It's time judges stopped appointing themselves and shed nepotism

It's time judges stopped appointing themselves and shed nepotism

Appointment of judges is a vital function in a democracy based on the rule of law and whose Constitution guarantee fundamental rights. A Bill of Rights, however elaborate, would be useless unless it is effectively enforced by the judiciary. In this context, the indispensable qualities required of a judge of the superior courts are ability, integrity and above all, independence, not merely from the executive but from all external forces and agencies and also from individual beliefs and predilections.

In view of the past historical experience of appointment of ‘convenient’ judges by the executive, our Supreme Court devised a unique method of appointment of judges by a judicial collegium which comprises five judges of the Supreme Court headed by the Chief Justice of India and three judges of the high court headed by the Chief Justice of the state. The curious part is that the executive which is the largest litigant has no role to play in the matter except in a case where it has information which has a bearing on the appointment of a potential judge, it may forward the same to the collegium. The collegium, however, after considering it, may not find it credible and can proceed with the proposed appointment of the judge. In sum and substance, it is a case of judges appointing themselves, a feature which is not found in other mature democracies like the UK, US, Canada or Australia. There have been calls from various quarters for reform or even abolition of the present system of collegium for appointment.

The National Commission to Review the Working of the Constitution headed by former Chief Justice M N Venkatachaliah in its report dated March 31, 2002, recommended that a National Judicial Commission for appointment of judges of the Supreme Court be appointed comprising the Chief Justice of India as chairman, two senior most judges of the Supreme Court, the Union Minister for Law and Justice and one eminent person nominated by the President after consulting the Chief Justice of India as members. Proposals in this regard have been made by different bodies. The Union government has come out with a bill which has not been enacted into law.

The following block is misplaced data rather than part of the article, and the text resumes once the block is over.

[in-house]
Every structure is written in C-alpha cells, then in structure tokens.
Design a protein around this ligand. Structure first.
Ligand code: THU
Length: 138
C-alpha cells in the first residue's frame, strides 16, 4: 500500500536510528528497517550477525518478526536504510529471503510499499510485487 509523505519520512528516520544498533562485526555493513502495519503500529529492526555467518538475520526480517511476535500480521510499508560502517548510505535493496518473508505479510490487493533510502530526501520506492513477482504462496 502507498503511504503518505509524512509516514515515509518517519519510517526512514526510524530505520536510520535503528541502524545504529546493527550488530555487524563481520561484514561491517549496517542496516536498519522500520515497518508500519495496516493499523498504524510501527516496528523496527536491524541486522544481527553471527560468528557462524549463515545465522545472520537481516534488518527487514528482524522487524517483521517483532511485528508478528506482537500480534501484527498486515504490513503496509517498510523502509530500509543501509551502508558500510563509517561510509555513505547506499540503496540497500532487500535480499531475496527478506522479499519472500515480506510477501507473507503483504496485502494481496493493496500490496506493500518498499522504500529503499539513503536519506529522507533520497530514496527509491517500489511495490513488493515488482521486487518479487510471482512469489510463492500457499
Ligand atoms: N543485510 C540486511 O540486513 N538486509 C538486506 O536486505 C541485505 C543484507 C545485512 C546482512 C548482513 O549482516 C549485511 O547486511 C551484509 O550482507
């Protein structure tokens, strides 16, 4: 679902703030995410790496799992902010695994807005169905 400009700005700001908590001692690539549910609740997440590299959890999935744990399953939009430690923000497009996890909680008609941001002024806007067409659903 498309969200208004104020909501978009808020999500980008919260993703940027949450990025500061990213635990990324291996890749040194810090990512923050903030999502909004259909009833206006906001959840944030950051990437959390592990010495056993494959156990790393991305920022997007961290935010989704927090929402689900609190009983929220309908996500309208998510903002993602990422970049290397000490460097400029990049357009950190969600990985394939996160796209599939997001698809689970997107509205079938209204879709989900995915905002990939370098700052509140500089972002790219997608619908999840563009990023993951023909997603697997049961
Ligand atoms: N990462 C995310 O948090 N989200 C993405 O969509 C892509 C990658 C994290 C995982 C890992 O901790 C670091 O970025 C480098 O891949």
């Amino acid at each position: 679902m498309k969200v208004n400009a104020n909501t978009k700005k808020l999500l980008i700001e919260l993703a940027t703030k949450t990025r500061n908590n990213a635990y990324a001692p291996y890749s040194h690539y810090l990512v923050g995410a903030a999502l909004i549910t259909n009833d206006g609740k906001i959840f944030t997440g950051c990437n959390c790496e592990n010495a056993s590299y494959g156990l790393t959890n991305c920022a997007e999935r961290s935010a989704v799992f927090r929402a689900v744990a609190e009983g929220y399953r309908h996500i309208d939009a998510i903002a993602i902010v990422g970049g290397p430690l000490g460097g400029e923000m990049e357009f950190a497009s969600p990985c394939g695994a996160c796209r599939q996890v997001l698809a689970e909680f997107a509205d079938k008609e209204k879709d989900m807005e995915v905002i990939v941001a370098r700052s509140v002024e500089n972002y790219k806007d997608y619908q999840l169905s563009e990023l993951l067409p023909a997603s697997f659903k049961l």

At present, there is widespread dissatisfaction with the actual working of the collegium system. The Punjab and Haryana High Court Bar Association recently passed a resolution supported by over 1,000 lawyers in which it is stated that “it has now become a matter of practice and convenience to recommend the names of those advocates who are the sons, daughters, relatives and juniors of former judges and Chief Justices” without reference to their merit. The resolution alleges that nepotism and favouritism is writ large. The statements in the resolution about names recommended by previous Chief Justices of Punjab & Haryana High Court may not be correct. The resolution, however, manifests the general dissatisfaction with the working of the present system and highlights the necessity and urgency of enactment of a statute comprehensively dealing with the subject of judicial appointments. Before his recent demise, Justice J S Verma, the author of the First Judges’ case which evolved the collegium system, had expressed his disappointment with its working. The efficacy of a National Judicial Commission will depend upon its composition which though tilting in favour of members of the judiciary should be broad-based. There is also a demand that the reasons for appointment of a particular judge and rejection of other judges should be briefly disclosed as that would impart transparency to the process.

A moot point is whether a National Judicial Commission can be established by a parliamentary statute or would it require a constitutional amendment? In the latter case, will the government muster the required majority of votes in both the Houses of Parliament? Hopefully, the Opposition will cooperate because the matter is of great national importance and transcends political considerations and brooks no further delay.

Sorabjee is a former Attorney General of India

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